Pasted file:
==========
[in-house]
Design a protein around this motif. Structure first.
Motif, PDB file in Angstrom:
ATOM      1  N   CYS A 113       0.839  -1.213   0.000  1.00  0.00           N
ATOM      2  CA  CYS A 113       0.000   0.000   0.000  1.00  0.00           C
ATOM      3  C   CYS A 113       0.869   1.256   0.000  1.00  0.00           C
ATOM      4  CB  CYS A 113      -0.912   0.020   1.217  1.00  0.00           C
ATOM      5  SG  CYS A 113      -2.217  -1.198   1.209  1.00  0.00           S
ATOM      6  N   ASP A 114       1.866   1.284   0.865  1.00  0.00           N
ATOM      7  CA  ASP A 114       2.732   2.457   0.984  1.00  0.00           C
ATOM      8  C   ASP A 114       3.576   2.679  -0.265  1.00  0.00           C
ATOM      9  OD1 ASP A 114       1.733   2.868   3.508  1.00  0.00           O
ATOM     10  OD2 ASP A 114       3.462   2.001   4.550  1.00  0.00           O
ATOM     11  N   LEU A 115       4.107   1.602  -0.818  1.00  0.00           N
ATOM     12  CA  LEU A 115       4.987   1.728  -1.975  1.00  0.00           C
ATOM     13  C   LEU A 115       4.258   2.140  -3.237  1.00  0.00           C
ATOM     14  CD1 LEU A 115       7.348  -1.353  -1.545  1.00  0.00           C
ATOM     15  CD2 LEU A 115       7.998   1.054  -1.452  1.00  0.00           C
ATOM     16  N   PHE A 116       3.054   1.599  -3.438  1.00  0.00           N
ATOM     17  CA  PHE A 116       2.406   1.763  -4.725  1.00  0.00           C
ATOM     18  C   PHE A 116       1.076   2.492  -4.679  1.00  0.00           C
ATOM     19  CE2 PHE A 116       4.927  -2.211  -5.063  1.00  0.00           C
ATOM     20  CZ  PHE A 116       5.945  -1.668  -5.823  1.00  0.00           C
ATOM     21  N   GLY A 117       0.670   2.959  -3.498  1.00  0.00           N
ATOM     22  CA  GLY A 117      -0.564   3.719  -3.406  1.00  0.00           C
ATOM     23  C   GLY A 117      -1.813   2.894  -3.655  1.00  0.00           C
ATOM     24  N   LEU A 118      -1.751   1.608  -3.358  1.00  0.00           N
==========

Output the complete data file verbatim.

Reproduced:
[in-house]
Design a protein around this motif. Structure first.
Motif, PDB file in Angstrom:
ATOM      1  N   CYS A 113       0.839  -1.213   0.000  1.00  0.00           N
ATOM      2  CA  CYS A 113       0.000   0.000   0.000  1.00  0.00           C
ATOM      3  C   CYS A 113       0.869   1.256   0.000  1.00  0.00           C
ATOM      4  CB  CYS A 113      -0.912   0.020   1.217  1.00  0.00           C
ATOM      5  SG  CYS A 113      -2.217  -1.198   1.209  1.00  0.00           S
ATOM      6  N   ASP A 114       1.866   1.284   0.865  1.00  0.00           N
ATOM      7  CA  ASP A 114       2.732   2.457   0.984  1.00  0.00           C
ATOM      8  C   ASP A 114       3.576   2.679  -0.265  1.00  0.00           C
ATOM      9  OD1 ASP A 114       1.733   2.868   3.508  1.00  0.00           O
ATOM     10  OD2 ASP A 114       3.462   2.001   4.550  1.00  0.00           O
ATOM     11  N   LEU A 115       4.107   1.602  -0.818  1.00  0.00           N
ATOM     12  CA  LEU A 115       4.987   1.728  -1.975  1.00  0.00           C
ATOM     13  C   LEU A 115       4.258   2.140  -3.237  1.00  0.00           C
ATOM     14  CD1 LEU A 115       7.348  -1.353  -1.545  1.00  0.00           C
ATOM     15  CD2 LEU A 115       7.998   1.054  -1.452  1.00  0.00           C
ATOM     16  N   PHE A 116       3.054   1.599  -3.438  1.00  0.00           N
ATOM     17  CA  PHE A 116       2.406   1.763  -4.725  1.00  0.00           C
ATOM     18  C   PHE A 116       1.076   2.492  -4.679  1.00  0.00           C
ATOM     19  CE2 PHE A 116       4.927  -2.211  -5.063  1.00  0.00           C
ATOM     20  CZ  PHE A 116       5.945  -1.668  -5.823  1.00  0.00           C
ATOM     21  N   GLY A 117       0.670   2.959  -3.498  1.00  0.00           N
ATOM     22  CA  GLY A 117      -0.564   3.719  -3.406  1.00  0.00           C
ATOM     23  C   GLY A 117      -1.813   2.894  -3.655  1.00  0.00           C
ATOM     24  N   LEU A 118      -1.751   1.608  -3.358  1.00  0.00           N